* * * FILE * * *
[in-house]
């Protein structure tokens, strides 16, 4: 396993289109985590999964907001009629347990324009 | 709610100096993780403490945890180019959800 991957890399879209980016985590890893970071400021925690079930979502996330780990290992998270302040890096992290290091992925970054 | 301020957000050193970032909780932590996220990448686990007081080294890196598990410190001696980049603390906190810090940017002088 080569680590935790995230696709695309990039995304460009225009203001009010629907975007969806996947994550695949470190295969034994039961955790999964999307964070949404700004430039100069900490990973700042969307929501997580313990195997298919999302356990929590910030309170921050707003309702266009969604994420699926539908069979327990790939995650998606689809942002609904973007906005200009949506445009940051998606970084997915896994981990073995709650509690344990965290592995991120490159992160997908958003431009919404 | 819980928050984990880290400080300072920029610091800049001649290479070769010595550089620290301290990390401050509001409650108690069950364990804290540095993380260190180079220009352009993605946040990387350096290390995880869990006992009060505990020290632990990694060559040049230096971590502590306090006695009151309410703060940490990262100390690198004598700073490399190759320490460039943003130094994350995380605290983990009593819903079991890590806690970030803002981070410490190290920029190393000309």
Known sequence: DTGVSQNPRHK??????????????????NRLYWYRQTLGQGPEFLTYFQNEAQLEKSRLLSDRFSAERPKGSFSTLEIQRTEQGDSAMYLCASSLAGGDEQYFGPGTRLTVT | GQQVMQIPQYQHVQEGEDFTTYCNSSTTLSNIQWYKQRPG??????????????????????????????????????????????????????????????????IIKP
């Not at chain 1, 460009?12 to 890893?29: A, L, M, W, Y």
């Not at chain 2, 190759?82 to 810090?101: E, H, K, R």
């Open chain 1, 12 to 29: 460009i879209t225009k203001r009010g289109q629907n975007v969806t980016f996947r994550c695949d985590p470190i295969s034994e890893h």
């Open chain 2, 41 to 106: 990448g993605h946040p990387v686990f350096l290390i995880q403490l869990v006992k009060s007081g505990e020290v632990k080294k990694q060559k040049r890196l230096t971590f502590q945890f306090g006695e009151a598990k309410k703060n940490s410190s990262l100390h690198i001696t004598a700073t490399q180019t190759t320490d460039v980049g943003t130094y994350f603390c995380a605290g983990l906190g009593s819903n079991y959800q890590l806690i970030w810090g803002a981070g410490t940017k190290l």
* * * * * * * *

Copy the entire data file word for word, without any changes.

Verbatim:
[in-house]
């Protein structure tokens, strides 16, 4: 396993289109985590999964907001009629347990324009 | 709610100096993780403490945890180019959800 991957890399879209980016985590890893970071400021925690079930979502996330780990290992998270302040890096992290290091992925970054 | 301020957000050193970032909780932590996220990448686990007081080294890196598990410190001696980049603390906190810090940017002088 080569680590935790995230696709695309990039995304460009225009203001009010629907975007969806996947994550695949470190295969034994039961955790999964999307964070949404700004430039100069900490990973700042969307929501997580313990195997298919999302356990929590910030309170921050707003309702266009969604994420699926539908069979327990790939995650998606689809942002609904973007906005200009949506445009940051998606970084997915896994981990073995709650509690344990965290592995991120490159992160997908958003431009919404 | 819980928050984990880290400080300072920029610091800049001649290479070769010595550089620290301290990390401050509001409650108690069950364990804290540095993380260190180079220009352009993605946040990387350096290390995880869990006992009060505990020290632990990694060559040049230096971590502590306090006695009151309410703060940490990262100390690198004598700073490399190759320490460039943003130094994350995380605290983990009593819903079991890590806690970030803002981070410490190290920029190393000309």
Known sequence: DTGVSQNPRHK??????????????????NRLYWYRQTLGQGPEFLTYFQNEAQLEKSRLLSDRFSAERPKGSFSTLEIQRTEQGDSAMYLCASSLAGGDEQYFGPGTRLTVT | GQQVMQIPQYQHVQEGEDFTTYCNSSTTLSNIQWYKQRPG??????????????????????????????????????????????????????????????????IIKP
């Not at chain 1, 460009?12 to 890893?29: A, L, M, W, Y």
């Not at chain 2, 190759?82 to 810090?101: E, H, K, R």
């Open chain 1, 12 to 29: 460009i879209t225009k203001r009010g289109q629907n975007v969806t980016f996947r994550c695949d985590p470190i295969s034994e890893h």
């Open chain 2, 41 to 106: 990448g993605h946040p990387v686990f350096l290390i995880q403490l869990v006992k009060s007081g505990e020290v632990k080294k990694q060559k040049r890196l230096t971590f502590q945890f306090g006695e009151a598990k309410k703060n940490s410190s990262l100390h690198i001696t004598a700073t490399q180019t190759t320490d460039v980049g943003t130094y994350f603390c995380a605290g983990l906190g009593s819903n079991y959800q890590l806690i970030w810090g803002a981070g410490t940017k190290l």